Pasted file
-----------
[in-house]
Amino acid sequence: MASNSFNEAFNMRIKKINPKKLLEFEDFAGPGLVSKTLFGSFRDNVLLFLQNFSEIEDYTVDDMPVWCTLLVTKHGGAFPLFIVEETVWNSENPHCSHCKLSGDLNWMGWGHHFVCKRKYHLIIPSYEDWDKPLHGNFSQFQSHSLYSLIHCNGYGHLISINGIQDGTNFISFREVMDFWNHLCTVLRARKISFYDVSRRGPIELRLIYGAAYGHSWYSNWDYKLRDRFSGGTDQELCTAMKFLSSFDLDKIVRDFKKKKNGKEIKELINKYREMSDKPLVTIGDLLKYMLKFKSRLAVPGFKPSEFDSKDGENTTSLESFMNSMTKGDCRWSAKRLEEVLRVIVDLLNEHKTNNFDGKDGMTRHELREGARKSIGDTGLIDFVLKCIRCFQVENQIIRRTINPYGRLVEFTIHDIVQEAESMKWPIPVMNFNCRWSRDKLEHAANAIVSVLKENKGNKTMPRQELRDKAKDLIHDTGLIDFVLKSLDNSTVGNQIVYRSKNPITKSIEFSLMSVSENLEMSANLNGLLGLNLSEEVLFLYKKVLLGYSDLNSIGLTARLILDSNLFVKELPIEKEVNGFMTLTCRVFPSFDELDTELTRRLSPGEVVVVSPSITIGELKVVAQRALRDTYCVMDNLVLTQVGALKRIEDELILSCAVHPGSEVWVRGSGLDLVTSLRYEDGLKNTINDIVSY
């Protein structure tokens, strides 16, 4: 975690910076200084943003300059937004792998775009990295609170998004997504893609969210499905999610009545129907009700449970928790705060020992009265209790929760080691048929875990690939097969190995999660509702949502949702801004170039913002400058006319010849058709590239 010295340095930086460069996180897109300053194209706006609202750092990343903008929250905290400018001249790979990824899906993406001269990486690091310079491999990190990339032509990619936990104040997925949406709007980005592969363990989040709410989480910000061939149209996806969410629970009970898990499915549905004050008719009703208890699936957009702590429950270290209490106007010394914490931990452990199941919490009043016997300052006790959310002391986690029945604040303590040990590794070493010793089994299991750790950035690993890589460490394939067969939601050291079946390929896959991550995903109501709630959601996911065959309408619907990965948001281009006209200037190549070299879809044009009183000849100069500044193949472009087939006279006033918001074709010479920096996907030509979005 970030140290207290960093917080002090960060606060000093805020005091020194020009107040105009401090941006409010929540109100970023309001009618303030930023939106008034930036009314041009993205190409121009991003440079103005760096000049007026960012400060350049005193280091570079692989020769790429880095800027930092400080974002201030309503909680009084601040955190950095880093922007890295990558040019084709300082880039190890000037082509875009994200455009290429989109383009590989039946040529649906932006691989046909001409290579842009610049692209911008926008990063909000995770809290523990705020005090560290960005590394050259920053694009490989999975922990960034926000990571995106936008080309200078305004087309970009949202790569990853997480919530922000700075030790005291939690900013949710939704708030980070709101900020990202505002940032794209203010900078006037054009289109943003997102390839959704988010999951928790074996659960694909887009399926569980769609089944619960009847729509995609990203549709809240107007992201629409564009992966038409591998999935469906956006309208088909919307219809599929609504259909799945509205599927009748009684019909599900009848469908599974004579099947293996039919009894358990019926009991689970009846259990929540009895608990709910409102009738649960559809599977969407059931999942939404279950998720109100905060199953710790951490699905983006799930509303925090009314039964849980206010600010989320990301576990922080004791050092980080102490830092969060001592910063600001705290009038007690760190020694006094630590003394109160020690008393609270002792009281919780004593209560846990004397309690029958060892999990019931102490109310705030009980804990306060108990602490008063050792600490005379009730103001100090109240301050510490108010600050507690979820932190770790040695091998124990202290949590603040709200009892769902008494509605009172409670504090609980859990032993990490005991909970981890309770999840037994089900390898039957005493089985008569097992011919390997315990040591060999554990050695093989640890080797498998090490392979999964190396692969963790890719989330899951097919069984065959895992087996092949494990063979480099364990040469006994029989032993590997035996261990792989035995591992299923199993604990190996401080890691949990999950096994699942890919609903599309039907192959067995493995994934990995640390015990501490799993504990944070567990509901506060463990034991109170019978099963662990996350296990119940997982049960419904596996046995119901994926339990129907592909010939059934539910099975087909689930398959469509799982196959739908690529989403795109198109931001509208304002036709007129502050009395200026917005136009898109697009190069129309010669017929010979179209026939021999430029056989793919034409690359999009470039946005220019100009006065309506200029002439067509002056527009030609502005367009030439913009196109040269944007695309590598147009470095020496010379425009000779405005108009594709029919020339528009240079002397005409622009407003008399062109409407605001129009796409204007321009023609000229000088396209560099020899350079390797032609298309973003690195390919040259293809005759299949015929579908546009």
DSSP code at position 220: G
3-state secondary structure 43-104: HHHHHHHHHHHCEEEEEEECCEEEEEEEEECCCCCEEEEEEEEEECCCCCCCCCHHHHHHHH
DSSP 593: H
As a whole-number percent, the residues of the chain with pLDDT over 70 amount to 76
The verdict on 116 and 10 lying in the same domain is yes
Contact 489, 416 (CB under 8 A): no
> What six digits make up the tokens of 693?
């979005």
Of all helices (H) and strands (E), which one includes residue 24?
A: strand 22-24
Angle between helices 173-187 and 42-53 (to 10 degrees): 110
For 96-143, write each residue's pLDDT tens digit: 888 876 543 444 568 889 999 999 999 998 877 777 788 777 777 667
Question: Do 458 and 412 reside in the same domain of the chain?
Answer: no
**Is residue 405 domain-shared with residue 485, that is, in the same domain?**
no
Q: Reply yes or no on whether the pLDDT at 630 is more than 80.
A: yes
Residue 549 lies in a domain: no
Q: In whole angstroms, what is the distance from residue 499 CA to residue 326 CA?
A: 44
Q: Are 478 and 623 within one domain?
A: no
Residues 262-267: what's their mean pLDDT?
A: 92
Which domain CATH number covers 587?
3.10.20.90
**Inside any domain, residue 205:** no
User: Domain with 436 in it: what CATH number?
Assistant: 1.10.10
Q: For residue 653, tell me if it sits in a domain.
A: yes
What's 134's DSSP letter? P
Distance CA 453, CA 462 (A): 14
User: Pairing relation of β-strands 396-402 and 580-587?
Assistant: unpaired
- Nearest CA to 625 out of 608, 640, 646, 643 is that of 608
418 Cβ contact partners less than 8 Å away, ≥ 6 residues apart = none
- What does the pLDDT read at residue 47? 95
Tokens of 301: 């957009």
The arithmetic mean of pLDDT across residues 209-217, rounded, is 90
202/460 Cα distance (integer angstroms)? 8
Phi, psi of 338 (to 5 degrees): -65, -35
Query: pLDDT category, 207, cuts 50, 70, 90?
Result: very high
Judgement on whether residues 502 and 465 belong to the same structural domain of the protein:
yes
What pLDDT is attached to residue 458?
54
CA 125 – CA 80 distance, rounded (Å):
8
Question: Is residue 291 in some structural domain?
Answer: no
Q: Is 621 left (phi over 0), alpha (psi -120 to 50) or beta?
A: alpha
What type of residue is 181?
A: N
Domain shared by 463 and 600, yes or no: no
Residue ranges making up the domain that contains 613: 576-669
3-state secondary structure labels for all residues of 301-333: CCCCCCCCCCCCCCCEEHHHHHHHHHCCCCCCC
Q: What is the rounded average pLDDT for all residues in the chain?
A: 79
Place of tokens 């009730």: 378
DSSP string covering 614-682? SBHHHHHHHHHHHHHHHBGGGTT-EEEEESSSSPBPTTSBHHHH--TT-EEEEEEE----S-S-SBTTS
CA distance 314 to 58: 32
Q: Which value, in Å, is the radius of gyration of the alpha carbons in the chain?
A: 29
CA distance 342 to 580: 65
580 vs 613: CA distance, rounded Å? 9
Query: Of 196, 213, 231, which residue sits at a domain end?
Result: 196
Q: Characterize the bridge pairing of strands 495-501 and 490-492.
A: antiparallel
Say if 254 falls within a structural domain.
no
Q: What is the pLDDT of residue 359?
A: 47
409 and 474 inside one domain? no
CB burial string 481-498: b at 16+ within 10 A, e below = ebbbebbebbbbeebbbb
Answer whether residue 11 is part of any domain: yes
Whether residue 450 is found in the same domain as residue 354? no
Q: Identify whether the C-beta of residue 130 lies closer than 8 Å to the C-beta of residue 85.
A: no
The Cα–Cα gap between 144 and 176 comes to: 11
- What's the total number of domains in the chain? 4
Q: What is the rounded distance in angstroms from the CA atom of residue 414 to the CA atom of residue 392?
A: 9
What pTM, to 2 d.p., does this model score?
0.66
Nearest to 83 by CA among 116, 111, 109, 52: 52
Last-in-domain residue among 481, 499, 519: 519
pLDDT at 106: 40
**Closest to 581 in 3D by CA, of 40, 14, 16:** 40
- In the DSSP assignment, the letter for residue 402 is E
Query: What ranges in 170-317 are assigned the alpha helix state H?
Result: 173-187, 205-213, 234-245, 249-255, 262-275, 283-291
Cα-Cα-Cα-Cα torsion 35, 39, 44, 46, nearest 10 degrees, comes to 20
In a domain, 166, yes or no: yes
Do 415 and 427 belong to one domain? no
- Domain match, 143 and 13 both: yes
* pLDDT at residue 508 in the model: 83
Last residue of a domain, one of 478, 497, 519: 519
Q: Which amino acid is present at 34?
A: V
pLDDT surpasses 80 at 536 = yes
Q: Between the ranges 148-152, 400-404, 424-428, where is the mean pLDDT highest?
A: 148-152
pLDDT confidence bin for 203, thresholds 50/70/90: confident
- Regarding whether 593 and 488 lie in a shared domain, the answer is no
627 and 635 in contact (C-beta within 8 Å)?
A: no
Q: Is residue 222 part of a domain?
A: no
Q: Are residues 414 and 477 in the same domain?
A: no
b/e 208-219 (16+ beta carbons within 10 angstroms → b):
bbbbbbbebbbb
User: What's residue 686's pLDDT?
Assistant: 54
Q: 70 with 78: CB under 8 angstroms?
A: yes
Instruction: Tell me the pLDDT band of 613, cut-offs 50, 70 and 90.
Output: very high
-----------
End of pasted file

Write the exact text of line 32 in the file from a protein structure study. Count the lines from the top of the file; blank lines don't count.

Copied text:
User: Domain with 436 in it: what CATH number?